Child sex abuse testimonies submitted by alleged victims through the government’s official inquiry website set up by Home Secretary Theresa May have been permanently deleted due to a glitch, it has emerged.
All details submitted through the “share your experience” section on the Independent Inquiry into Child Sex Abuse (IICSA) website between September 14 and October 2 were “instantly and permanently deleted” before reaching staff.
The IICSA said the issue was due to a “change in our website address” and urged people to resubmit their information.
The inquiry into historic sex abuse was first launched last July following claims of a high-level cover-up of child abuse.
However, the probe has suffered a number of delays after its previous chairwomen Lady Butler-Sloss and Fiona Woolf resigned.
It is now being led by New Zealand Judge Lowell Goddard, who will receive a £482,000 (US$744,000) pay package in salary and allowances.
Her appointment is for the duration of the inquiry, which is expected to last until at least 2020.
The IICSA apologized for the “inconvenience or distress” they caused alleged child sex abuse victims.
“Due to a change in our website address [iicsa.org.uk] on 14 September, any information submitted to the Inquiry between 14 September and 2 October through the online form on the ‘Share your experience’ page of our website, was instantly and permanently deleted before it reached our engagement team,” it said in a statement.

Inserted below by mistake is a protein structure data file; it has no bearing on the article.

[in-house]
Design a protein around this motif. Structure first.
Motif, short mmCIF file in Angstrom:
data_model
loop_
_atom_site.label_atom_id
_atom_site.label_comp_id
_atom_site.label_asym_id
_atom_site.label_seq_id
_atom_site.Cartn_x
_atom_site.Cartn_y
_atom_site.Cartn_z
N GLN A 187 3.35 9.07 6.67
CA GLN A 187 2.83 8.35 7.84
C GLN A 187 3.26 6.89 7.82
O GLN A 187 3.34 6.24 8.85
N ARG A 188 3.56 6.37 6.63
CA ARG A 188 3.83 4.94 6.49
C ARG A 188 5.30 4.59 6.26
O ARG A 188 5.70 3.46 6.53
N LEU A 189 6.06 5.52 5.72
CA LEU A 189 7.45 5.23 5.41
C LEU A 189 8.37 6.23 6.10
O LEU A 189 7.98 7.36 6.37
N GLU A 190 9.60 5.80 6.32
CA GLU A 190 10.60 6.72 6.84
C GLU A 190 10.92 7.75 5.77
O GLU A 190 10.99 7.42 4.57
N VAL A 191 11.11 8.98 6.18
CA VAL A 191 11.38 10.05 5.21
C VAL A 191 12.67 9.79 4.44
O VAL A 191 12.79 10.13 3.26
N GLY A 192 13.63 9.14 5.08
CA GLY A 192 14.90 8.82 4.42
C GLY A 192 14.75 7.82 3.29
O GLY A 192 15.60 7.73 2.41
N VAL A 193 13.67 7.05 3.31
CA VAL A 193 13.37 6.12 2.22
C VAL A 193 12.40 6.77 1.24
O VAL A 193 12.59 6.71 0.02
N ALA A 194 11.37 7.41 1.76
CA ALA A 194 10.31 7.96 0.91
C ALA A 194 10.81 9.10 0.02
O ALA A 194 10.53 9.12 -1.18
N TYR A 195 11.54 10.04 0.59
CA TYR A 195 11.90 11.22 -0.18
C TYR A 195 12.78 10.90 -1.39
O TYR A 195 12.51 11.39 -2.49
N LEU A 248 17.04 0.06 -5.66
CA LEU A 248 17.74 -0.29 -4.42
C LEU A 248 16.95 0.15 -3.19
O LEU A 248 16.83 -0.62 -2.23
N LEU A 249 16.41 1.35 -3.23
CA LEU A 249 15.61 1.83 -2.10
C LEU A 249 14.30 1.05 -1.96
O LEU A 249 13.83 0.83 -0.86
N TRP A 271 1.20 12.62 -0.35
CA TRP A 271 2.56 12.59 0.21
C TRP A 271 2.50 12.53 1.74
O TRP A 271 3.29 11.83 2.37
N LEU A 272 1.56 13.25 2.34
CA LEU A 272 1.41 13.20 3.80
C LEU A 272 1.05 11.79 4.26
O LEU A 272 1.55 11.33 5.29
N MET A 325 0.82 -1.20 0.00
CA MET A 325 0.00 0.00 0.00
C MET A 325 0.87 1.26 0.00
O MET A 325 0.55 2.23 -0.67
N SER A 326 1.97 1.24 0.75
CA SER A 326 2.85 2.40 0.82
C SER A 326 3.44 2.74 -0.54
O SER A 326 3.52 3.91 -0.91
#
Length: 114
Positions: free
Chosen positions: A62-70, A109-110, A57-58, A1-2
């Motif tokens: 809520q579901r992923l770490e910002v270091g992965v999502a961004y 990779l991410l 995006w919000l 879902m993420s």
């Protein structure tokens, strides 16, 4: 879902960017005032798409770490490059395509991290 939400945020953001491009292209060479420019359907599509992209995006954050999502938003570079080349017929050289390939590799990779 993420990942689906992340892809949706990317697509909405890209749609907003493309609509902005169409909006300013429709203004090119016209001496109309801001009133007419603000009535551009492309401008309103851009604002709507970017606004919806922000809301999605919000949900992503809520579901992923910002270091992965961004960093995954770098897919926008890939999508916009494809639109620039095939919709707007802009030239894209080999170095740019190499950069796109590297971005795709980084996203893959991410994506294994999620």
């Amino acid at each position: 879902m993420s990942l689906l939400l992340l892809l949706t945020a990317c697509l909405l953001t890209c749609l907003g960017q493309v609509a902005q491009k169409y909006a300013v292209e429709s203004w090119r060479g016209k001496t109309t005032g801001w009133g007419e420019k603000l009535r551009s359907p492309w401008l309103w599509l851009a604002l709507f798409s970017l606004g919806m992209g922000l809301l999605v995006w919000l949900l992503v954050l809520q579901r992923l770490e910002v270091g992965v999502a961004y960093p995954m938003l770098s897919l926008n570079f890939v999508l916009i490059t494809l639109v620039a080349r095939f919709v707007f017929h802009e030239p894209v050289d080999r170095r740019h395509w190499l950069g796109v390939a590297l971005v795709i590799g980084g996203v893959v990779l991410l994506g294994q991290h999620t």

“We are very sorry for any inconvenience or distress this will cause and would like to reassure you that no information was put at risk of disclosure or unauthorized access.
“We would like to apologize again to anyone who submitted details to the Inquiry during this time and to ask you to please resubmit your information through the online form.”
This isn’t the first time important files or evidence containing child sex abuse allegations have mysteriously disappeared.
Last year, the Home Office admitted it could not find 114 “potentially relevant files” relating to the pedophile scandal engulfing Westminster, in which senior politicians were allegedly involved.
A file on Lord Greville Janner, who was accused of sexually abusing nine children from 1969 to 1988, was among the dossiers that went missing.
earlier this year, May warned that child sexual exploitation runs through society “like a stick of Blackpool rock.”